10. I have followed this thread with much interest. Though I seldom feel the need to add to he discussion, a little historical perspective might be appropriate. Since the days of Whymper, younger climbers have striven to show the old generation how much better the new generation is. They have looked at the "last great problems" any number of times and conquered it. The next generation then comes along and finds a harder version of the "last great problem". This has been an improtant part of the appeal of climbing, whether mountaineering in the extreme reaches of the Himalaya or simply exploring our capabilities on local crags. There has always been some problem that the older generation labled as impossible. Then some young climber comes along and shows everyone it can be done. Much of the challenge of climbing is mental and within ourselves. Dane earlier said that in order to climb a trad ropute, we must first master the fear within ourselves. I suspect that all of the contributors to this thread climb much better than this fat old man ever will, but even at their level they must deal with the fear within themselves first, then with the technical difficulty of the climb. Beating the climb down to an acceptable level of fear, either by altering the rock or by placing bolts every 3 feet removes that ultimate challenge for every other climber who comes after the person altering the route. Beating a climb down with traditional pro every 3 feet if it is available does not alter the fear level for the next climber, it does not reduce the challenge for the next generation. One must ask, how many of us would desire to climb the nose of El Cap if there were bolts every 3 feet all the way to the top. Frankly, I suspect no-one would find any challenge much greater than that of seeing how many pull-ups they can do at the gym. The tragedy of DH and other areas where the rock is altered to make holds where there were none or to make the climbing less of a mental game in dealing with fear, is that the challenge for the next generation is no longer there. The rock has been brought down to the level of the present generation whose arrogance says to the world "I am the best, I am the best right now that climbs this rock and I am the best that will ever climb this rock." They are right because their actions have altered the rocke so there is nothing left to challenge the next generation of climbers. Imaagine if the top climbers of the the day 30 or 50 or 100 years ago would have had the ability to chip holds and alter the rock so that there was nothing harder thatn what they could climb. Who would have any interest in climbing today? Our sport demands that we preserve the challenge for the next generation. Marty has stated that 40 years from now, no one will remember who made the first assent. Maybe not, but the better question is 40 years from now, will Marty and the others who brought the rock down to their level be remembered as the people who killed climbing by taking the challenge away and making it no more than a meaningless exercise.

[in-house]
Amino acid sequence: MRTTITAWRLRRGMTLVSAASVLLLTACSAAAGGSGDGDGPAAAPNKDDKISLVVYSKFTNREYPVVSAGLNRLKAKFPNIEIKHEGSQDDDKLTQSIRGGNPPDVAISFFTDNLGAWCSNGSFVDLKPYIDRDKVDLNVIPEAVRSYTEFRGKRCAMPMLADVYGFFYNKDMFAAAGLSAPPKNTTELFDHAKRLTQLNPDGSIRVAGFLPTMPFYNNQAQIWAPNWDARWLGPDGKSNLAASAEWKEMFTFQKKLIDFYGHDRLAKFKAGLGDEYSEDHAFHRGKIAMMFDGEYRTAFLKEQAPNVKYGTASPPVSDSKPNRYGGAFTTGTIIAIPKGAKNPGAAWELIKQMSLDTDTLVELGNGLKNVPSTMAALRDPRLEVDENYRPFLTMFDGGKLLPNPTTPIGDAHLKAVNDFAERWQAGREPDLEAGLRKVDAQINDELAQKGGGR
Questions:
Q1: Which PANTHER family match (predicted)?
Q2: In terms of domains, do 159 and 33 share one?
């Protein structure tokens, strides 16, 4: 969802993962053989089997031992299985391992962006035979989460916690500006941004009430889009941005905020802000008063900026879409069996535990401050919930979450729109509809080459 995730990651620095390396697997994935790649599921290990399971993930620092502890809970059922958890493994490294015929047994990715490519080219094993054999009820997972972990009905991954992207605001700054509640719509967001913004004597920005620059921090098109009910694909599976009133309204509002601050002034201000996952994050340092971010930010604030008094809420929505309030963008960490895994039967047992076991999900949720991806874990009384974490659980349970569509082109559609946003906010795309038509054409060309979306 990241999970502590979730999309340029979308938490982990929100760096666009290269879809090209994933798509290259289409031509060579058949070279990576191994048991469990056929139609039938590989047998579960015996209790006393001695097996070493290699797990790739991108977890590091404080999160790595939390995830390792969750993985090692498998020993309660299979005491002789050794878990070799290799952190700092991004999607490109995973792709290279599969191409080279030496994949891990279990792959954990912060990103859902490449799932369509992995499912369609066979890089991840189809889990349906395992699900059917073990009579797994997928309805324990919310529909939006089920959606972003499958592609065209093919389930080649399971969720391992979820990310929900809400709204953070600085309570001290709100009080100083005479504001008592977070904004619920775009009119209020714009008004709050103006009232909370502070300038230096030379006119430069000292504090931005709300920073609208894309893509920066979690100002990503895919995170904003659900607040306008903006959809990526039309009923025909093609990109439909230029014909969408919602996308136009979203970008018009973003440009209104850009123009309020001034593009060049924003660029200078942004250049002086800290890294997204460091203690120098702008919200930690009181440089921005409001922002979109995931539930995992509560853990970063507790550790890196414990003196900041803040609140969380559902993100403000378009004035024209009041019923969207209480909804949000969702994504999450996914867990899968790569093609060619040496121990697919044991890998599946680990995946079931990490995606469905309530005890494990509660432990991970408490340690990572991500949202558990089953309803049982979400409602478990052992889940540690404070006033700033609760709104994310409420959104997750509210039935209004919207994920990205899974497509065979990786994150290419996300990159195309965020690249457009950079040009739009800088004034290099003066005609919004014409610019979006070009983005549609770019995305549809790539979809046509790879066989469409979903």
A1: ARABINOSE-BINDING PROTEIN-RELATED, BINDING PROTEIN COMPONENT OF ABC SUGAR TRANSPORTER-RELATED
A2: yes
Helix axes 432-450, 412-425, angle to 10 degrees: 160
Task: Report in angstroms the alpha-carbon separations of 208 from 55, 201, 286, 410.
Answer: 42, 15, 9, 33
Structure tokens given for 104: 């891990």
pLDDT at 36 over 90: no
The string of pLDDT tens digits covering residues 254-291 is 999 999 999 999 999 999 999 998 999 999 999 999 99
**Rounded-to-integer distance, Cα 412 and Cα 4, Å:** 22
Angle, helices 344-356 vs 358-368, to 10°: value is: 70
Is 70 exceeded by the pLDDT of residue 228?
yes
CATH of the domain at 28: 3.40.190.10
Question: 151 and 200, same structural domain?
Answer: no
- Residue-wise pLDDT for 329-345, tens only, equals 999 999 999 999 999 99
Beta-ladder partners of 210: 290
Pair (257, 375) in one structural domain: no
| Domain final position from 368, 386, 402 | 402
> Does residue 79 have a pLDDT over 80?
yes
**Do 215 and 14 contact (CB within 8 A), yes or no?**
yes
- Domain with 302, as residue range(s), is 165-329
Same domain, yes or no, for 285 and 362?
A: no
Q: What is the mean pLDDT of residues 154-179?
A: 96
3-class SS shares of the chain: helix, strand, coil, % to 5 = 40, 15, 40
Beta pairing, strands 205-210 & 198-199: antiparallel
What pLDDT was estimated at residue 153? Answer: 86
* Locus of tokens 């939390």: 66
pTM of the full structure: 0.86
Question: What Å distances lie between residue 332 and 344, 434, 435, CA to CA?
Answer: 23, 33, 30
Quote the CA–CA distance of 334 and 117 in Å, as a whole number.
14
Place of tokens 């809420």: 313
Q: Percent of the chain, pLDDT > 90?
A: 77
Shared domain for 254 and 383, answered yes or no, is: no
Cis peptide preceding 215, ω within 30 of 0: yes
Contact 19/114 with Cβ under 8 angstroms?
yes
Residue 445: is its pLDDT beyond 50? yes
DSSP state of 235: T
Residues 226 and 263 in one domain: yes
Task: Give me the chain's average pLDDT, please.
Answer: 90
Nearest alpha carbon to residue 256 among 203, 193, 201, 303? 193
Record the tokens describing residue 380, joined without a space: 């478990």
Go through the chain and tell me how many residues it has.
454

11. Does anyone have recent info on the Tahoma glaicer route - west side conditions. I will be taking a group up in a week and a half and am wondering if anybody here has been on the West side of Rainier this spring. There is nothing posted on the current climbing conditins at MORA site or under Mount Rainier at CC.com. Thanks for any input Ted in Cda
  12. The East side approach isn't as good as it used to be. Over the last few years the Pack River Road has not been maintained as well as it used to be and is almost as bad as the Hunt creek road. Also, the approach is now about a mile and a half longer because the road is blocked at the Pack River Bridge. In recent years I've found it's quicker to go in from the west side. Ted
  13. Which of the North face routes did you do, Gerber-Sink or Stanley-Wickwire? Beckey makes the Stanley-Wickwire sound like the North Face variation Nelson speaks about in first edition of selected climbs. Gerber Sink sounds like a really good route.
  14. Good job Heinie and thanks for the tracks. We were right behind you and should have belayed at the top of the gully like you did. Tried to get a pin into that blob of rock right above your first belay and ended up simulclimbing to the to the rock on the right about 50 feet above the gully Overall a great climb for both of us for our first winter climb other than an ice fall. Ted
  15. I hate to rain in the joy and jubilation, but i am afraid that jja is right on this. If the house passes a bill that differs from the senate bill which was reported out of committee without the fee demo program, then the two conflicting bills will be resolved in a conference committee. The conference committee could and i emphasize could, but the fee demo for national forests and BLM lands back into effect. Hopefully the House will have he courage to follow the senate lead on this one but I am not at all confident of that given the tendency of the house. I haven't done much research on line but if you visit http://www.americanwhitewater.org/archive/article/1098/ there is discussion of the need to make sure similar language appears in the house bill. The Senate bill is just one step on a long trail to get rid of the fee demo program Ted